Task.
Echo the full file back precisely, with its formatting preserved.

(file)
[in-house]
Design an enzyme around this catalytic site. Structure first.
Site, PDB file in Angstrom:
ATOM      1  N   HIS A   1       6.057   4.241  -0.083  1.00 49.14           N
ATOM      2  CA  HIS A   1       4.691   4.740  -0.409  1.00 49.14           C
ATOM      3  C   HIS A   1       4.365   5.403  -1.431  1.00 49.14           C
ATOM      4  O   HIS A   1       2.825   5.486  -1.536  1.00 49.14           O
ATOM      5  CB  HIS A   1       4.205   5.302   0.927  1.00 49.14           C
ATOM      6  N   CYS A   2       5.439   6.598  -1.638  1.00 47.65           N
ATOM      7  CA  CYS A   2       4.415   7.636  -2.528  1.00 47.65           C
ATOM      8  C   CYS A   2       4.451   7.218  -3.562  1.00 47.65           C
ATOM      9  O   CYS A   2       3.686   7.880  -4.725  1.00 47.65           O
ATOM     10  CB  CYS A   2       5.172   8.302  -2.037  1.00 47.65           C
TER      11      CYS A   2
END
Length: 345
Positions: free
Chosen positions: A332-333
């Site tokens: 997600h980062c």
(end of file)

[in-house]
Design an enzyme around this catalytic site. Structure first.
Site, PDB file in Angstrom:
ATOM      1  N   HIS A   1       6.057   4.241  -0.083  1.00 49.14           N
ATOM      2  CA  HIS A   1       4.691   4.740  -0.409  1.00 49.14           C
ATOM      3  C   HIS A   1       4.365   5.403  -1.431  1.00 49.14           C
ATOM      4  O   HIS A   1       2.825   5.486  -1.536  1.00 49.14           O
ATOM      5  CB  HIS A   1       4.205   5.302   0.927  1.00 49.14           C
ATOM      6  N   CYS A   2       5.439   6.598  -1.638  1.00 47.65           N
ATOM      7  CA  CYS A   2       4.415   7.636  -2.528  1.00 47.65           C
ATOM      8  C   CYS A   2       4.451   7.218  -3.562  1.00 47.65           C
ATOM      9  O   CYS A   2       3.686   7.880  -4.725  1.00 47.65           O
ATOM     10  CB  CYS A   2       5.172   8.302  -2.037  1.00 47.65           C
TER      11      CYS A   2
END
Length: 345
Positions: free
Chosen positions: A332-333
């Site tokens: 997600h980062c």